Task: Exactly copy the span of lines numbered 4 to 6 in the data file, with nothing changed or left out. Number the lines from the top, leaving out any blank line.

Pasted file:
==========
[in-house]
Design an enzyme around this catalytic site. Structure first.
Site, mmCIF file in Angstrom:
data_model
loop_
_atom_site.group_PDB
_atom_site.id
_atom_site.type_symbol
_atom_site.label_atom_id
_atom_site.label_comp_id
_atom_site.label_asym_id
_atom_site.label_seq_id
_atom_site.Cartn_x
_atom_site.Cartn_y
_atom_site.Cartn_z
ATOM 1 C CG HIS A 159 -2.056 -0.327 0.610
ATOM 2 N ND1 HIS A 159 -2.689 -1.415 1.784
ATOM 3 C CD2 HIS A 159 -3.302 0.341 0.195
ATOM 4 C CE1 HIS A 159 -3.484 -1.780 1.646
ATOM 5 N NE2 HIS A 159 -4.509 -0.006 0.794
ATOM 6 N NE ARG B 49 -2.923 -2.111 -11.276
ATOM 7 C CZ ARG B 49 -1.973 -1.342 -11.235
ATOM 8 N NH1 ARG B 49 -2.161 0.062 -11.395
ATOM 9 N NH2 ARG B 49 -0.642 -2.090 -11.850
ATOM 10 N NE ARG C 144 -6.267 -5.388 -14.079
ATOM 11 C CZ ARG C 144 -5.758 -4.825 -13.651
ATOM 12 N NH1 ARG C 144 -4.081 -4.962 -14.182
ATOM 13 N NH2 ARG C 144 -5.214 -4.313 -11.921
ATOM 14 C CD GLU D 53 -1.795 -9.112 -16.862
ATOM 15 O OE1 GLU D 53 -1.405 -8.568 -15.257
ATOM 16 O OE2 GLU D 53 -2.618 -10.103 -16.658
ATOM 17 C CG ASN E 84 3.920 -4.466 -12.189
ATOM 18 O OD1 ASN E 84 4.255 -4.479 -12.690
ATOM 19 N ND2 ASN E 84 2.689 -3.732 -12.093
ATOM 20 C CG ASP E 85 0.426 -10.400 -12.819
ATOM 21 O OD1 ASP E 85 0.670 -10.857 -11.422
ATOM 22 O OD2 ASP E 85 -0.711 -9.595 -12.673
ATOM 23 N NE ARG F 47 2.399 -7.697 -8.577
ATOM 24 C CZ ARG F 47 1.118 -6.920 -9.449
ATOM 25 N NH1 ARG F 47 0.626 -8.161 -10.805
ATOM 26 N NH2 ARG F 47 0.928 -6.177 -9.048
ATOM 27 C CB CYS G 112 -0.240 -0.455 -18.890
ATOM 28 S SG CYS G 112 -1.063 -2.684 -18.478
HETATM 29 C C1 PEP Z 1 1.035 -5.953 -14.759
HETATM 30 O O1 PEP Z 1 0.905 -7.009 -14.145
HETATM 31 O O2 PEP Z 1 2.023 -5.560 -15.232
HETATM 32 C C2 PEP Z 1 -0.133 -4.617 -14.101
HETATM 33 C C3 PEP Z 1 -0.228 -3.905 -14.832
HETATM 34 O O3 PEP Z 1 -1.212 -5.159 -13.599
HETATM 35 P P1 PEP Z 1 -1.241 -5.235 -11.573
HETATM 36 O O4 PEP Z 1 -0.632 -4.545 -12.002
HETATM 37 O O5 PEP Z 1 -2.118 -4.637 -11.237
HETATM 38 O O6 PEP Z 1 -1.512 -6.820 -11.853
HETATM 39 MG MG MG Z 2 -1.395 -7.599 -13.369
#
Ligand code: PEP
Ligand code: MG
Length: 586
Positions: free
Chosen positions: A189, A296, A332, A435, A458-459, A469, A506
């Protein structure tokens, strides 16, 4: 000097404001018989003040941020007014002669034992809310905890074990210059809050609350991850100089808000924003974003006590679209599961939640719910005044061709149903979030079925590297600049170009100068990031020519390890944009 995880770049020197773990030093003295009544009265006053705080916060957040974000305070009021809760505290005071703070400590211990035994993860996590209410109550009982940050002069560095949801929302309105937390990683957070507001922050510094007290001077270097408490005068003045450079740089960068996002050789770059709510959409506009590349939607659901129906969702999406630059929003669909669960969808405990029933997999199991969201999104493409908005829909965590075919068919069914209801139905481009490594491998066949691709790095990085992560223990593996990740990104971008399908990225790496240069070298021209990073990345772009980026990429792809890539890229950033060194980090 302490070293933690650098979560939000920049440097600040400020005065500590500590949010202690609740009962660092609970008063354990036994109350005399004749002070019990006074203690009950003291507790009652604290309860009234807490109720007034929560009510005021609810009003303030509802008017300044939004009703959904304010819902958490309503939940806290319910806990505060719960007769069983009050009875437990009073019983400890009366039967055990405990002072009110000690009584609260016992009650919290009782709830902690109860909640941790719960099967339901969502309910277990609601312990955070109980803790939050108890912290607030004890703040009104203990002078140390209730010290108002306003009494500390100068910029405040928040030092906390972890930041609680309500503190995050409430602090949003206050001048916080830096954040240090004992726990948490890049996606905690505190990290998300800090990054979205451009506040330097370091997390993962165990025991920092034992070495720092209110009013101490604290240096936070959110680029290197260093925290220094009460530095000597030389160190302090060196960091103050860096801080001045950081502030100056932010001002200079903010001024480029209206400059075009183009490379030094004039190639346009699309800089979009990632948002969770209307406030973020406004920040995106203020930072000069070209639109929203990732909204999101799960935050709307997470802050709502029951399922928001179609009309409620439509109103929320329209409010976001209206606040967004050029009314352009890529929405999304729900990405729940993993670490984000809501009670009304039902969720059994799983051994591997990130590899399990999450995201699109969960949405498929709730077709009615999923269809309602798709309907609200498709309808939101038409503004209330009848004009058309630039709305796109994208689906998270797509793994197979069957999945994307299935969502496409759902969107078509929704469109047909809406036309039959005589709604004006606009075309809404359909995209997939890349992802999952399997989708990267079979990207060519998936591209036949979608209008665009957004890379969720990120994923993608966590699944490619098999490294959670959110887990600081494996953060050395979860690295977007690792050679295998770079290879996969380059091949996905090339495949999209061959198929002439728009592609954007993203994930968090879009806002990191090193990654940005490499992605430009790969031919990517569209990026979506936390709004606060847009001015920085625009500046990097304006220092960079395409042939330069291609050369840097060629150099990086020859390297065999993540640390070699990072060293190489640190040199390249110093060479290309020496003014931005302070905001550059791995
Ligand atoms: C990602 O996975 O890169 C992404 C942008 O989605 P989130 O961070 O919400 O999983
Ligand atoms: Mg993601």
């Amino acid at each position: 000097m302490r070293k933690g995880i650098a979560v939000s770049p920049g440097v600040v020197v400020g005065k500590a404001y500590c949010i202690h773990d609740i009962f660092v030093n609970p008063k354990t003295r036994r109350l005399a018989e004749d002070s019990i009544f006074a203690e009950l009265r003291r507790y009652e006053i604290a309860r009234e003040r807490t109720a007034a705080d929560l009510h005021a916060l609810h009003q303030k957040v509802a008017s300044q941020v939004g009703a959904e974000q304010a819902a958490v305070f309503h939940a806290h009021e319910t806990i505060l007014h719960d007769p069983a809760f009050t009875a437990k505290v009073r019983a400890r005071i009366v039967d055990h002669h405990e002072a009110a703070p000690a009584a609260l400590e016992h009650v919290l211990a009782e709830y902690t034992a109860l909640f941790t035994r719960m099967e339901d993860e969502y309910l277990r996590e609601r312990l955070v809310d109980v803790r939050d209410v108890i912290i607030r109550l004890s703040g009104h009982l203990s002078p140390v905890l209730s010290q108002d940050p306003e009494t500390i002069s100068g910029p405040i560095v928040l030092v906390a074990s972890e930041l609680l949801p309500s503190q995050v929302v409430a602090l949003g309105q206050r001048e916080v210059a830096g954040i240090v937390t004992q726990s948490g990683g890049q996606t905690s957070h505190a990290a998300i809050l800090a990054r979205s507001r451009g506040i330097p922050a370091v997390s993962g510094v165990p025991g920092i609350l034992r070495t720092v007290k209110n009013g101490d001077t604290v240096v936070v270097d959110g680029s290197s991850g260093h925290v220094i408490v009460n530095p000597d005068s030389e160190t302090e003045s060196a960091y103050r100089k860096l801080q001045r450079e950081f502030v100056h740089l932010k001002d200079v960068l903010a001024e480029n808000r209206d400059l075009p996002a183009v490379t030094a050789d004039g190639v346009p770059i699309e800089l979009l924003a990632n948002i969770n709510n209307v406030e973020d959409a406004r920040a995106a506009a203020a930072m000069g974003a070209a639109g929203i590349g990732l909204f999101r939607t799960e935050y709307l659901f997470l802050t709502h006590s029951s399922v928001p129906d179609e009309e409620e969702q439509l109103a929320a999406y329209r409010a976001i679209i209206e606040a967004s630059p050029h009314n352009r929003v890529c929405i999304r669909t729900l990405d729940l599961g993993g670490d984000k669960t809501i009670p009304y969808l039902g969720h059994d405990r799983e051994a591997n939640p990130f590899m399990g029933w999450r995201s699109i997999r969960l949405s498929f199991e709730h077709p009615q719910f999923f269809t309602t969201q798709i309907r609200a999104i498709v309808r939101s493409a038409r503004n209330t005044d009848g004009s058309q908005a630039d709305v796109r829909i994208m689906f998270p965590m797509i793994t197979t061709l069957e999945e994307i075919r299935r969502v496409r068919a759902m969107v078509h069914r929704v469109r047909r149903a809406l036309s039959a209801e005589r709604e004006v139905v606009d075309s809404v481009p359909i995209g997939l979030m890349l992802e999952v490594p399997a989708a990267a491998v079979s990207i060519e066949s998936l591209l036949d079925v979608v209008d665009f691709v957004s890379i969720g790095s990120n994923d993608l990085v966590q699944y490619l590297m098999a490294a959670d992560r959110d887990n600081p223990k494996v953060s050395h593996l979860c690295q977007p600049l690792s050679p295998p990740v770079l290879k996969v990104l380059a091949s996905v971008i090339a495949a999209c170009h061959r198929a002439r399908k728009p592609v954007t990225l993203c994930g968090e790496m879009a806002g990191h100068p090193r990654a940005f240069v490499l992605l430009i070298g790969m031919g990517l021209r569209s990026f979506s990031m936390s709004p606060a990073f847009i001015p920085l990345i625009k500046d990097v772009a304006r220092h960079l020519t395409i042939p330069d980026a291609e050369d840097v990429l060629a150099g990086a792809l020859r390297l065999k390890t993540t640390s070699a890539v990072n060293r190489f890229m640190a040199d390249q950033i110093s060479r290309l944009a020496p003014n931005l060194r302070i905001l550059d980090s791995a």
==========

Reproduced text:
data_model
loop_
_atom_site.group_PDB